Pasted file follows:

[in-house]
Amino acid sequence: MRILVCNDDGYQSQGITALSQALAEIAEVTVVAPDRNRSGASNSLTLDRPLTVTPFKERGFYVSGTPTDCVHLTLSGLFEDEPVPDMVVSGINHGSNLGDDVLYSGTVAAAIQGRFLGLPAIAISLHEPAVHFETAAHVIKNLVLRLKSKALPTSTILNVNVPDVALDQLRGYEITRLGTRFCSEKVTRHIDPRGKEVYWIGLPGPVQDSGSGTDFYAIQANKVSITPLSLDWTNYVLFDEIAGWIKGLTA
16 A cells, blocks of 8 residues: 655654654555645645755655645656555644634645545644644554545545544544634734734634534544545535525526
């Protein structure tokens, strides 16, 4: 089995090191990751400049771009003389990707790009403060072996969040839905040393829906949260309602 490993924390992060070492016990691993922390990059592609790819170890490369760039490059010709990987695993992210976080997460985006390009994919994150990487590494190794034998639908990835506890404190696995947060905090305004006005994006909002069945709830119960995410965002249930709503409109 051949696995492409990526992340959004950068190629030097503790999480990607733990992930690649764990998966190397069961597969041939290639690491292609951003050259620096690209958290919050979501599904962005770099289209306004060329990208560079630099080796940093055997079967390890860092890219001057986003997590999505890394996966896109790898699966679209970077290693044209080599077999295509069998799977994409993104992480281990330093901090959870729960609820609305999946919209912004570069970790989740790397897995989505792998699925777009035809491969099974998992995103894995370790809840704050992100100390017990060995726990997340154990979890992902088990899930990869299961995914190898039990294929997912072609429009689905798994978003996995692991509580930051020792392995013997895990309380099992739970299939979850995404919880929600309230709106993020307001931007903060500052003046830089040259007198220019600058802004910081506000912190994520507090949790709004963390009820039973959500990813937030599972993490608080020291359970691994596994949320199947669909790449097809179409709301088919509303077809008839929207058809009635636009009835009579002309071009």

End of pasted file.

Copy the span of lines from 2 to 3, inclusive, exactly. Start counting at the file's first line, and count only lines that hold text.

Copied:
Amino acid sequence: MRILVCNDDGYQSQGITALSQALAEIAEVTVVAPDRNRSGASNSLTLDRPLTVTPFKERGFYVSGTPTDCVHLTLSGLFEDEPVPDMVVSGINHGSNLGDDVLYSGTVAAAIQGRFLGLPAIAISLHEPAVHFETAAHVIKNLVLRLKSKALPTSTILNVNVPDVALDQLRGYEITRLGTRFCSEKVTRHIDPRGKEVYWIGLPGPVQDSGSGTDFYAIQANKVSITPLSLDWTNYVLFDEIAGWIKGLTA
16 A cells, blocks of 8 residues: 655654654555645645755655645656555644634645545644644554545545544544634734734634534544545535525526